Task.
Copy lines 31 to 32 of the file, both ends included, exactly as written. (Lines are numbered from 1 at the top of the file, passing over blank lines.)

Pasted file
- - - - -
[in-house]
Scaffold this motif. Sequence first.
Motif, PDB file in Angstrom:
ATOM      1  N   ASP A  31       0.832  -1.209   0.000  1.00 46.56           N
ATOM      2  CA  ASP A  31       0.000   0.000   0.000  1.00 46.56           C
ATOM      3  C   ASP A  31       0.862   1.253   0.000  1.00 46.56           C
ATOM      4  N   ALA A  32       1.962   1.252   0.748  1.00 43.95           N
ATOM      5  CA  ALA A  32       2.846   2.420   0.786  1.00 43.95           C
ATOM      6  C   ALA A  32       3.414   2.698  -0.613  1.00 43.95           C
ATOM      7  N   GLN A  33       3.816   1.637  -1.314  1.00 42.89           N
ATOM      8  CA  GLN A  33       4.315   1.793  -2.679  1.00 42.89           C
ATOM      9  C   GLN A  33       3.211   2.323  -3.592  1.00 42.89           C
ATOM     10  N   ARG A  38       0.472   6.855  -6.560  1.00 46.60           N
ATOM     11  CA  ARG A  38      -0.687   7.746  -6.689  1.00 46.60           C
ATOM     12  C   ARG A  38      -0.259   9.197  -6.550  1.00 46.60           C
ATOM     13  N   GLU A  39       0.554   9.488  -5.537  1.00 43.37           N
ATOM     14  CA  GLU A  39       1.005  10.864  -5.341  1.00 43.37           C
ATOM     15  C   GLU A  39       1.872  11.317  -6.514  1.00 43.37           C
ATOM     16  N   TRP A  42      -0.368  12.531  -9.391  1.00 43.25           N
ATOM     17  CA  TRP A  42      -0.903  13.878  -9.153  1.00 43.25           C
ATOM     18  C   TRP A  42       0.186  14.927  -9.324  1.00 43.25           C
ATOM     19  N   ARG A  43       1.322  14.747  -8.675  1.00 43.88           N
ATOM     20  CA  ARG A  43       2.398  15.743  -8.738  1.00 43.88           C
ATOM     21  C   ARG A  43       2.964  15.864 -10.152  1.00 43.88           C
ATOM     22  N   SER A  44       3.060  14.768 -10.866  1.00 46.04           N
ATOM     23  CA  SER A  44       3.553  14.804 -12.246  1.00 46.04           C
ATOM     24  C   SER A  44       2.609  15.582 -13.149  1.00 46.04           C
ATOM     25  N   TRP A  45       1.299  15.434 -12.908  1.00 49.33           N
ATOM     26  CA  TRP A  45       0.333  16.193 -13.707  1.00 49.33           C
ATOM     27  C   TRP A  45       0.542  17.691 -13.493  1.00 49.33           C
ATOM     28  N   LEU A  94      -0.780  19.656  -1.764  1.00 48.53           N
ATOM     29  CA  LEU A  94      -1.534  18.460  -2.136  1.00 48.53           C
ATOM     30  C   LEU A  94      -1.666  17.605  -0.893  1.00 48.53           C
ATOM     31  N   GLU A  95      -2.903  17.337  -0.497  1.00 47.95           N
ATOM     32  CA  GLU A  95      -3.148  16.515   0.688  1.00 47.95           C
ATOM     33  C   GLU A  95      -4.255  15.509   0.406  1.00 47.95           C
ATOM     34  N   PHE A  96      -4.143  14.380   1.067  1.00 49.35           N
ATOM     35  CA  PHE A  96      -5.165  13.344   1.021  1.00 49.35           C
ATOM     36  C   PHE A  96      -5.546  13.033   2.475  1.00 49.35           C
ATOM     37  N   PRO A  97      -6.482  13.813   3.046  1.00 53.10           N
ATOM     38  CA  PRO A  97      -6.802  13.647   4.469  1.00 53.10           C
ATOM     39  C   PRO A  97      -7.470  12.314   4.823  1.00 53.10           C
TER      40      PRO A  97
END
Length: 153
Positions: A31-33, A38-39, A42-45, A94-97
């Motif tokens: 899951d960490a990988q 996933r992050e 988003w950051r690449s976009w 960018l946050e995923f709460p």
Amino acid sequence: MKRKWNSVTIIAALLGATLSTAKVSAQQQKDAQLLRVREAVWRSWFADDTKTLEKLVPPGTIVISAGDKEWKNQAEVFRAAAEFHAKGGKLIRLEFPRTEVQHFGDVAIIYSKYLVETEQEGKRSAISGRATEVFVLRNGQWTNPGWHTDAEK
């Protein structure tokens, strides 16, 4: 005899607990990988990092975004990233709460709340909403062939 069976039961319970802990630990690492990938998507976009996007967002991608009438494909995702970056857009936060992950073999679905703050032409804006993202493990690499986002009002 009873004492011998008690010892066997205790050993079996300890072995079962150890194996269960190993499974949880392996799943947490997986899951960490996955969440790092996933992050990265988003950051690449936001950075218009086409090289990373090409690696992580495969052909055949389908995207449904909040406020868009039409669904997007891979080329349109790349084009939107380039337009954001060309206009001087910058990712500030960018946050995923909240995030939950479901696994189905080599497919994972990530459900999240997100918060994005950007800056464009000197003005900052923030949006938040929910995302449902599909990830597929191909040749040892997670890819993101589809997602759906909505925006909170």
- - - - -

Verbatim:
ATOM     28  N   LEU A  94      -0.780  19.656  -1.764  1.00 48.53           N
ATOM     29  CA  LEU A  94      -1.534  18.460  -2.136  1.00 48.53           C